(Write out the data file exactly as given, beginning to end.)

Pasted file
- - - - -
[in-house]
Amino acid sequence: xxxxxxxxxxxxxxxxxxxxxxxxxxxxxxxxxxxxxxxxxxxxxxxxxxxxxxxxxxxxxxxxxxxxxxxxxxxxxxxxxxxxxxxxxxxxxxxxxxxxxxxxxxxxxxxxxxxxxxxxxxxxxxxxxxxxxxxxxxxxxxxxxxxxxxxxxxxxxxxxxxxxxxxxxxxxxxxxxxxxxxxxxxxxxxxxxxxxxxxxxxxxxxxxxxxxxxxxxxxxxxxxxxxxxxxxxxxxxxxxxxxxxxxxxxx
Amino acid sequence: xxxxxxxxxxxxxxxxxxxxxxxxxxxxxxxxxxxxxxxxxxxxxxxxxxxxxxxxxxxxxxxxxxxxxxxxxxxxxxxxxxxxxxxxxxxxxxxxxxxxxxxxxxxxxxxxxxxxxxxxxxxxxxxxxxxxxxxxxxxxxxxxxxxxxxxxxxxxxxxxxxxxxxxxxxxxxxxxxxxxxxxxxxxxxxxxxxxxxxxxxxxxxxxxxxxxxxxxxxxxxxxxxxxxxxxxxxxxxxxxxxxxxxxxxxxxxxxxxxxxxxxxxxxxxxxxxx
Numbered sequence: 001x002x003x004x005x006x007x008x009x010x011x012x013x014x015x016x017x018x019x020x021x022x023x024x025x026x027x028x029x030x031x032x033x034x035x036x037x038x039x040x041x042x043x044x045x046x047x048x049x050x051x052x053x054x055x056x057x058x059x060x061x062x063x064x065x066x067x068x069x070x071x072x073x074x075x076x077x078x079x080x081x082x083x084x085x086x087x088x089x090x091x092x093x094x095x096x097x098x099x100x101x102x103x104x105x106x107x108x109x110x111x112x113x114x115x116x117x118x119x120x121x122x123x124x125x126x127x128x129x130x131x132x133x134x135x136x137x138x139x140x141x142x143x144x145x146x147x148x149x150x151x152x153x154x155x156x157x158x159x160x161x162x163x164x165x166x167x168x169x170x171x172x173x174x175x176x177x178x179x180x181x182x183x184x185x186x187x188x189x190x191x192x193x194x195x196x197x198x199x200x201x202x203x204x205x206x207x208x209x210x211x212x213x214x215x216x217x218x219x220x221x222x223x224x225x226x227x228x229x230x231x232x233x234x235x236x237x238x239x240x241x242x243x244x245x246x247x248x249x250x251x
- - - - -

[in-house]
Amino acid sequence: xxxxxxxxxxxxxxxxxxxxxxxxxxxxxxxxxxxxxxxxxxxxxxxxxxxxxxxxxxxxxxxxxxxxxxxxxxxxxxxxxxxxxxxxxxxxxxxxxxxxxxxxxxxxxxxxxxxxxxxxxxxxxxxxxxxxxxxxxxxxxxxxxxxxxxxxxxxxxxxxxxxxxxxxxxxxxxxxxxxxxxxxxxxxxxxxxxxxxxxxxxxxxxxxxxxxxxxxxxxxxxxxxxxxxxxxxxxxxxxxxxxxxxxxxxx
Amino acid sequence: xxxxxxxxxxxxxxxxxxxxxxxxxxxxxxxxxxxxxxxxxxxxxxxxxxxxxxxxxxxxxxxxxxxxxxxxxxxxxxxxxxxxxxxxxxxxxxxxxxxxxxxxxxxxxxxxxxxxxxxxxxxxxxxxxxxxxxxxxxxxxxxxxxxxxxxxxxxxxxxxxxxxxxxxxxxxxxxxxxxxxxxxxxxxxxxxxxxxxxxxxxxxxxxxxxxxxxxxxxxxxxxxxxxxxxxxxxxxxxxxxxxxxxxxxxxxxxxxxxxxxxxxxxxxxxxxxx
Numbered sequence: 001x002x003x004x005x006x007x008x009x010x011x012x013x014x015x016x017x018x019x020x021x022x023x024x025x026x027x028x029x030x031x032x033x034x035x036x037x038x039x040x041x042x043x044x045x046x047x048x049x050x051x052x053x054x055x056x057x058x059x060x061x062x063x064x065x066x067x068x069x070x071x072x073x074x075x076x077x078x079x080x081x082x083x084x085x086x087x088x089x090x091x092x093x094x095x096x097x098x099x100x101x102x103x104x105x106x107x108x109x110x111x112x113x114x115x116x117x118x119x120x121x122x123x124x125x126x127x128x129x130x131x132x133x134x135x136x137x138x139x140x141x142x143x144x145x146x147x148x149x150x151x152x153x154x155x156x157x158x159x160x161x162x163x164x165x166x167x168x169x170x171x172x173x174x175x176x177x178x179x180x181x182x183x184x185x186x187x188x189x190x191x192x193x194x195x196x197x198x199x200x201x202x203x204x205x206x207x208x209x210x211x212x213x214x215x216x217x218x219x220x221x222x223x224x225x226x227x228x229x230x231x232x233x234x235x236x237x238x239x240x241x242x243x244x245x246x247x248x249x250x251x